Macksville Clinic - 2/12 Cooper St, Macksville, NSW, 2447 - Nambucca Heads Clinic - 20 Liston St, Nambucca Heads, NSW, 2448

Scaphoid fracture

What is Scaphoid Fracture?

The scaphoid is the most commonly broken carpal bone in which is responsible for 80–90 % of all carpal fractures. A scaphoid fracture is a break to the scaphoid bone, which is one of the eight carpal bones in the wrist.

What are the symptoms of a scaphoid fracture?

The symptoms of a scaphoid fracture are:

  • pain when you pinch your thumb to your index finger with the palm facing downwards
  • reduced and painful movement of the wrist.
  • swelling around the painful area
  • weak wrist and reduced grip and pinch strength
  • wrist pain on the thumb side

This type of fracture may not always come up of the first X-ray.

What causes scaphoid fractures?

Scaphoid fractures caused by:

  • A fall on an outstretched hand, particularly if you land on the base of the thumb
  • The wrist being forced backward most commonly although it can be fractured bending it forward.
  • It is often that the fall involves height or speed

Scaphoid fractures are divided into three categories and each requires different treatment to make sure the bone heals completely.

How do I know if I have a scaphoid fracture?

You may have a scaphoid fracture if you experience the ablow symptoms. You will need to be examined and complete imaging to correctly diagnose your condition, this can be done by a physiotherapist and GP. You may need follow up X-rays as sometimes these types of fractures do not show up, therefore, after a period of 10 days the fracture is most likely to show up. Once the swelling settles down, you tend to feel the symptoms of a scaphoid fracture around the bone. There may be on-going pain around the area where your thumb meets your wrist after a heavy fall, even if the X-ray at the time was clear.


How can physiotherapy help with scaphoid fractures?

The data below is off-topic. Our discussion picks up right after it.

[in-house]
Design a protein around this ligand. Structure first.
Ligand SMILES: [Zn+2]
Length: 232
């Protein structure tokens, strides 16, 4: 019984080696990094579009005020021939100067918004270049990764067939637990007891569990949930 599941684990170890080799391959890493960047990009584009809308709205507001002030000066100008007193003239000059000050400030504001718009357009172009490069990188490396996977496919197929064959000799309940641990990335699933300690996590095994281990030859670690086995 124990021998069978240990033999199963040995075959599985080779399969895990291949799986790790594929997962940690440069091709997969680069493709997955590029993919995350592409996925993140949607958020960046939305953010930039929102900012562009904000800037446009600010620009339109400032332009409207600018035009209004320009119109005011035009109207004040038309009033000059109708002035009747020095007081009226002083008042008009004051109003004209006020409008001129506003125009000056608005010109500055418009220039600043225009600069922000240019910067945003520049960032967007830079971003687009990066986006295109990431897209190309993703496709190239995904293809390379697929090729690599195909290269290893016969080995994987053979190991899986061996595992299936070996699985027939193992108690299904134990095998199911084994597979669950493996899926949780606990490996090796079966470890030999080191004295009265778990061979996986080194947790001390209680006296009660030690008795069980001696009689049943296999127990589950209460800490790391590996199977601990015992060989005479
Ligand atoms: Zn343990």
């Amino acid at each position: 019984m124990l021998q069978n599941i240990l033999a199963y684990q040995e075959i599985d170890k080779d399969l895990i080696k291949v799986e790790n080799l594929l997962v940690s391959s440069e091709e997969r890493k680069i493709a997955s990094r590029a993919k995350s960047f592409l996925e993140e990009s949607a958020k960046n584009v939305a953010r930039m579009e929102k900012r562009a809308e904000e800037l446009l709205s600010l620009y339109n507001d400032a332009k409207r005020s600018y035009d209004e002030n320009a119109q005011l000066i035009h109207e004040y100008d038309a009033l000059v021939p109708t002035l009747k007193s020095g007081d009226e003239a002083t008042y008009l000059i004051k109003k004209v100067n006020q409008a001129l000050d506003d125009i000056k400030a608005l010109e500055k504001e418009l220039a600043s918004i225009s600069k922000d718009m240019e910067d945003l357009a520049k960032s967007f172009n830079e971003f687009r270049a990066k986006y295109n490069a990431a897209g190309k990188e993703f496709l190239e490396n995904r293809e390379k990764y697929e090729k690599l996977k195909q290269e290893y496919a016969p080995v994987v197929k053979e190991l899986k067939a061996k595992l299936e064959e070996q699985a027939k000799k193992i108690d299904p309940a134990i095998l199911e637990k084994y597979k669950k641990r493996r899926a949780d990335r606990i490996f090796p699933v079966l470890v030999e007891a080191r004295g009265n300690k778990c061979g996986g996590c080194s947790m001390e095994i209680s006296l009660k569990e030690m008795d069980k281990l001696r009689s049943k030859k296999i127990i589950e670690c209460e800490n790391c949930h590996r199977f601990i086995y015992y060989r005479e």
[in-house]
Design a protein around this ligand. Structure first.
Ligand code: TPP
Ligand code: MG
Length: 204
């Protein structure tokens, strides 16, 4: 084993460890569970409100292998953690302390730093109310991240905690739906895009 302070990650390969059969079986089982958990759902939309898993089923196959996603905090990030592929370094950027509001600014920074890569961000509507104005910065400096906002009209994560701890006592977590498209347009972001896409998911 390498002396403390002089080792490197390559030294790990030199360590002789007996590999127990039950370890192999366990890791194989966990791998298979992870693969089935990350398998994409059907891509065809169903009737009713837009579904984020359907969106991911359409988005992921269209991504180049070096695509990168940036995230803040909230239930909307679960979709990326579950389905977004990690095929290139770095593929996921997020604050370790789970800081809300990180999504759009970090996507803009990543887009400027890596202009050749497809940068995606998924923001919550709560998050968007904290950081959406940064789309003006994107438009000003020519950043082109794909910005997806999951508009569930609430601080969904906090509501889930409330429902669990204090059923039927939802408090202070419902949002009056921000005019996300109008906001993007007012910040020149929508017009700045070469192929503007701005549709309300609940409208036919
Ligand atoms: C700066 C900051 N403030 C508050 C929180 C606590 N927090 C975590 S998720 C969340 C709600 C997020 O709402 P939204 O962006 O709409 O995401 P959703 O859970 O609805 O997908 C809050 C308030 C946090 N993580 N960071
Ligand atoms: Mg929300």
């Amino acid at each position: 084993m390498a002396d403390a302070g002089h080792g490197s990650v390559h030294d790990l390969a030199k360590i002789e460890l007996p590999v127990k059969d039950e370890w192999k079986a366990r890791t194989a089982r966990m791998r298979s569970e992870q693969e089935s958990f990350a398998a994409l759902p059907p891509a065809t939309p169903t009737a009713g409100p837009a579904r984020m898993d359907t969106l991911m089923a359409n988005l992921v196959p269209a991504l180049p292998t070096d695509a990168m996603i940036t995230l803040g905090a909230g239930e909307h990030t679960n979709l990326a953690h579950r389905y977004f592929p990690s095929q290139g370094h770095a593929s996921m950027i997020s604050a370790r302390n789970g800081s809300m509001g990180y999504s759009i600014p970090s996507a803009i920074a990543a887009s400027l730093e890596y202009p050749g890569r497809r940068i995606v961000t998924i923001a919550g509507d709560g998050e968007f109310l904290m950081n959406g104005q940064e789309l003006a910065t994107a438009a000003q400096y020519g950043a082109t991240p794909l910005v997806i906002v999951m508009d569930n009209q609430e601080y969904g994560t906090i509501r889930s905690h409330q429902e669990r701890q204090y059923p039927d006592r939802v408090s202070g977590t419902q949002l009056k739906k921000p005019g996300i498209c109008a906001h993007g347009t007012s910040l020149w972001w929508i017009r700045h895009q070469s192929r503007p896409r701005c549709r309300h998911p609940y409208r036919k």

Physiotherapy can be helpful if you have a scaphoid fracture by:

  • Cast or splint – Your physiotherapist will be able make you a plaster cast or thermoplastic splint fitted
  • Rehabilitation – Once your cast is removed or after you have an operation.
  • Exercise – Your physiotherapist will be able to give you personally designed exercises that will allow you to regain your full movement and wrist strength.
  • Mobilisation and soft tissue techniques – If you have had reduced movement during this time due to a cast of a splint than mobilisation and soft tissue techniques will be required.

What can I do at home?

It is important to ensure you understand your physiotherapist instructions and advice. This includes:

  • Keeping your arm elevated in the early days allowing swelling to reduce
  • Complete exercises that were prescribed to you
  • Do not complete activities that cause you pain although it is usually safe to use the injured hand for light activities, with the splint or cast on and within the limits of pain.

How long until I feel better?

Scaphoid fractures take 6–12 weeks to heal although it is common that people may experience some stiffness or mild discomfort up to 12 months after their fracture. 

If you would like to find out more please call us or book an appointment here.

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Reference: Australian Physiotherapy Association 2019, Your Body, viewed 19 November 2019, <>.